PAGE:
SAN DIEGO, Calif. — Barium and nitrate were detected at high concentrations in 5 percent of untreated groundwater used for public-water supply in the San Francisco Bay region, while human-made organic chemical constituents were found at high concentrations in less than 1 percent. These detections are less prevalent than elsewhere in California, according to an ongoing U.S. Geological Survey study of the state's groundwater quality.
This study's findings are significant because elsewhere in California, high concentrations of inorganic elements generally are found in 10 to 25 percent of the groundwater used for public supply, nitrate in 1 to 8 percent, and human-made organic chemical constituents in up to 2 percent. "High" concentrations are defined as above the Environmental Protection Agency's, or California Department of Public Health's established Maximum Contaminant Levels, or above other non-regulatory health-based levels for chemicals without MCLs. The USGS did not analyze treated tap water delivered to consumers. Groundwater is typically treated by water distributors prior to delivering it to customers to ensure compliance with water quality standards for human health.
"Nitrate has the greatest potential to impact groundwater quality given its prevalence of 2 percent at high and 19 percent at moderate concentrations in the San Francisco Bay region, however, high concentrations of organic compounds and naturally occurring trace elements are less prevalent here than other study areas statewide." said Dr. Justin Kulongoski, a USGS chemist and co-author of the report prepared in collaboration with the California State Water Resources Control Board.
The San Francisco Bay study was part of the Groundwater Ambient Monitoring and Assessment (GAMA) Program’s Priority Basin Project, a statewide study designed to assess groundwater quality in aquifers that may be used for public water supply and to better understand the natural and human factors affecting groundwater quality. U.S. Geological Survey scientists analyze untreated groundwater from wells in the San Francisco Bay region in 2007, looking for as many as 287 chemical constituents. The San Francisco Bay study region includes the Marina, Lobos, Downtown, Islais Valley, South San Francisco, Visitacion Valley, Westside, and Santa Clara Valley groundwater basins in San Francisco, San Mateo, Santa Clara, Alameda, and Contra Costa counties.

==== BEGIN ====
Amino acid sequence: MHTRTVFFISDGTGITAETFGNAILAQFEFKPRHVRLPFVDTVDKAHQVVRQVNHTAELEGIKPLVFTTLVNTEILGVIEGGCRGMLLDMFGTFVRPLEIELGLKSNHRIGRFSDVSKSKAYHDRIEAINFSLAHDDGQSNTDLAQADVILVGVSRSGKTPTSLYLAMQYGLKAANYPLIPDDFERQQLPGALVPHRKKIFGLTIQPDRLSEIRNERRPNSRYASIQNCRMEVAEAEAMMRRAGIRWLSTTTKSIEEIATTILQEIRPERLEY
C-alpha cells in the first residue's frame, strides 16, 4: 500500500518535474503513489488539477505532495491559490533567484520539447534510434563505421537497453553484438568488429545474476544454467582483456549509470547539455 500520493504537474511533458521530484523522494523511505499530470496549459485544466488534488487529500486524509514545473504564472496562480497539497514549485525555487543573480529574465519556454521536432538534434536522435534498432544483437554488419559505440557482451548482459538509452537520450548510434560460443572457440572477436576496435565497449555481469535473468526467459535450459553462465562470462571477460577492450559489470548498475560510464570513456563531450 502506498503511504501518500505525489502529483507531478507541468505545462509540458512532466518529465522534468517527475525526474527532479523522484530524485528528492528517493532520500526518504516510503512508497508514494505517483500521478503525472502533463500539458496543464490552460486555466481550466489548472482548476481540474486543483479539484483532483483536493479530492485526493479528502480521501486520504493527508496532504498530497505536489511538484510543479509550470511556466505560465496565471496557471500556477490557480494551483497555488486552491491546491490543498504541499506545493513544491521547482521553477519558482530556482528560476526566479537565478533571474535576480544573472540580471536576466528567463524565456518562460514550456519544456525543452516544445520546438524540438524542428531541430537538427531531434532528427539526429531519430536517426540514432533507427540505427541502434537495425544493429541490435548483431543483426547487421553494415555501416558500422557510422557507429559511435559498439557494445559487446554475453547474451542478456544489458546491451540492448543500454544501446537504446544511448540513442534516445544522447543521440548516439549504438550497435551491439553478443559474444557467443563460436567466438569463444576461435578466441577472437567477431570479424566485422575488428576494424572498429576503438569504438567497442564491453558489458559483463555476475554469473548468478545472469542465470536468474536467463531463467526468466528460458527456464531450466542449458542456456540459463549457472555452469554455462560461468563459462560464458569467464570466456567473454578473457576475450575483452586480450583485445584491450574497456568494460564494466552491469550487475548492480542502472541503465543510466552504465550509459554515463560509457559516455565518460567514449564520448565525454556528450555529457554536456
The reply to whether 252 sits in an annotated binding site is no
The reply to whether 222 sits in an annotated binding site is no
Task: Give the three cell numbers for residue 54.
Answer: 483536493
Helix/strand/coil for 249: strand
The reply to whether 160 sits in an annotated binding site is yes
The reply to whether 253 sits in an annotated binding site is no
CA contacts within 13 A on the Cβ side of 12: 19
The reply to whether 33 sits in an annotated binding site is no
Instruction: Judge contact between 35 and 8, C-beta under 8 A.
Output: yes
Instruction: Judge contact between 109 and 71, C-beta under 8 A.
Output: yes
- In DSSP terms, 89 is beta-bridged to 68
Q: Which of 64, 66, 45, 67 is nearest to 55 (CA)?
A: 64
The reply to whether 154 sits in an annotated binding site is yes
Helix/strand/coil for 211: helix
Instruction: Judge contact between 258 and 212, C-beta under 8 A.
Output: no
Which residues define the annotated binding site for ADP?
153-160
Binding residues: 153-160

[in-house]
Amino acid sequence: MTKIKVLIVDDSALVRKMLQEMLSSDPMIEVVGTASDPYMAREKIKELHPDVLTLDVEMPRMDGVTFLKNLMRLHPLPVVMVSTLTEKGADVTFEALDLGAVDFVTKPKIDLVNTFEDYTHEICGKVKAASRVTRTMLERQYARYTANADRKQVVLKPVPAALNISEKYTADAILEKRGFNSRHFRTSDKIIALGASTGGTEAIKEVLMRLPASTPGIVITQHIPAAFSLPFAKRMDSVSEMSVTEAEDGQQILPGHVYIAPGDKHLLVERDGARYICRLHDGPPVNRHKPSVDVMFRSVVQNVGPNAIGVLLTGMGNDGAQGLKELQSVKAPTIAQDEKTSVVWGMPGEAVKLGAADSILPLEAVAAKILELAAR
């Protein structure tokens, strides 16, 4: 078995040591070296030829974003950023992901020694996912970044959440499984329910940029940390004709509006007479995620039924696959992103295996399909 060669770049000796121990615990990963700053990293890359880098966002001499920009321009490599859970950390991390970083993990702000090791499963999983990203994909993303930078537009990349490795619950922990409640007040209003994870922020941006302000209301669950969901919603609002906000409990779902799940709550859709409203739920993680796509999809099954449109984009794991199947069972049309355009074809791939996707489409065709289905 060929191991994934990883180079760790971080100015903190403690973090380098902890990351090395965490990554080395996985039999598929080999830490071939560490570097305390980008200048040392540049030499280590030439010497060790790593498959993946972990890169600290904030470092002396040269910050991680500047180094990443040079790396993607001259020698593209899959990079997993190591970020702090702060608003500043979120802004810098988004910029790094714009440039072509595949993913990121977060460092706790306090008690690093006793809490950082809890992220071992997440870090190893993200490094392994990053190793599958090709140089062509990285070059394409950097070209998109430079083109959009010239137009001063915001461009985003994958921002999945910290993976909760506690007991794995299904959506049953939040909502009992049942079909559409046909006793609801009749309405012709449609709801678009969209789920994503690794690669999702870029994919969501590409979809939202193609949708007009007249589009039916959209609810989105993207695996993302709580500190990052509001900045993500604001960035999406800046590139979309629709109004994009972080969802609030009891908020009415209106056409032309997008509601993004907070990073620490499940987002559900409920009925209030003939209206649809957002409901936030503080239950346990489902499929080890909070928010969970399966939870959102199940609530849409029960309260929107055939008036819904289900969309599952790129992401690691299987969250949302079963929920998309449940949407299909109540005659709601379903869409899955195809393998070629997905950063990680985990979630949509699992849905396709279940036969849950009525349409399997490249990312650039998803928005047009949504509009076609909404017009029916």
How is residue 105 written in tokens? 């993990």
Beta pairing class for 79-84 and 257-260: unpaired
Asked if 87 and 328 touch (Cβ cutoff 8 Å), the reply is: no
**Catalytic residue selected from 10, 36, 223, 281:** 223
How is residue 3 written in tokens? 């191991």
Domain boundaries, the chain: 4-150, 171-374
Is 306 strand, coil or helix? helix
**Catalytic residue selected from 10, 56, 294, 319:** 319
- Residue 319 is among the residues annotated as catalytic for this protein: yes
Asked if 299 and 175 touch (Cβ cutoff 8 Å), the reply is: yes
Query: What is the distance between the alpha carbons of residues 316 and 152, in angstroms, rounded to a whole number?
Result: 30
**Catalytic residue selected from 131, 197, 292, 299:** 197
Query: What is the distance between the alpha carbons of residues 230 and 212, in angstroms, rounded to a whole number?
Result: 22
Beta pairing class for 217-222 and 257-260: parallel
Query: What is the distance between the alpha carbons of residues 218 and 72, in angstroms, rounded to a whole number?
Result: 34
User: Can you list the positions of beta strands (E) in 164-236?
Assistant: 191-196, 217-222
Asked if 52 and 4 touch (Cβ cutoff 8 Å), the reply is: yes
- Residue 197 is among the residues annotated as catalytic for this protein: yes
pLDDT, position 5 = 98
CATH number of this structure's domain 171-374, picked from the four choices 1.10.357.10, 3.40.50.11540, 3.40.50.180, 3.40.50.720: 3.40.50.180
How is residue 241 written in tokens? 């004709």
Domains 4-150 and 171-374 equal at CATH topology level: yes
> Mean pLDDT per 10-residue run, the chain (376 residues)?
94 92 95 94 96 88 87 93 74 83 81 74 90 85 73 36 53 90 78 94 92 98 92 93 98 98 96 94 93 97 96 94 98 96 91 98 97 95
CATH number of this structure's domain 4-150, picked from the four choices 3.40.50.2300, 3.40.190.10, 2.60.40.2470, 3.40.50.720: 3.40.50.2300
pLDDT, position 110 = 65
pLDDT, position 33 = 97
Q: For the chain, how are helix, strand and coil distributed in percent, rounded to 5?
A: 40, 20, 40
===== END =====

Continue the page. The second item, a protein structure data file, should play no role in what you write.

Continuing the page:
"The work done by the GAMA Priority Basin Project in the San Francisco Bay groundwater basins is important because we are providing, for the first time, a quantitative assessment of the extent to which deeper groundwater may have high concentrations of both natural and man-made constituents," said Dr. Miranda Fram, chief of the USGS GAMA program. "This information can be used by managers to insure that our drinking water supply remains safe."
The volatile organic compounds (VOCs) tetrachloroethene (PCE) and methyl tert-butyl ether (MTBE) were detected at high concentrations in less than 1 percent of the San Francisco Bay aquifer system, which is similar to other areas of California. These VOCs are used for industrial purposes including cleaning during manufacturing and improving gasoline-combustion efficiency.
High concentrations of barium were detected in about 3 percent of the aquifer system. Barium and other trace elements are naturally present in the minerals in rocks and soils and in the water that comes into contact with those materials. High concentrations of nitrate were detected in about 2 percent of the aquifer system, and moderate concentrations, found at greater than one-half of the MCL, in about 19 percent. Elevated concentrations of nitrate generally occur as a result of human activities, such as applying fertilizer to crops or landscaping. Septic systems, as well as livestock in concentrated numbers, also produce nitrogenous waste that can leach into groundwater.
Total dissolved solids (TDS), a natural inorganic constituent that affects the aesthetic properties of water, such as taste, color, and odor, or may create scaling or staining, was detected at high concentrations in 7 percent of the primary aquifer system and at moderate concentrations in 37 percent.
The USGS California Water Science Center is the technical lead for the GAMA Priority Basin Project. The USGS is monitoring and assessing water quality in 120 priority groundwater basins, and groundwater outside of basins, across California over a 10-year period. The main goals of the State Water Board’s GAMA Program are to improve comprehensive statewide groundwater monitoring and to increase the availability of groundwater-quality information to the public.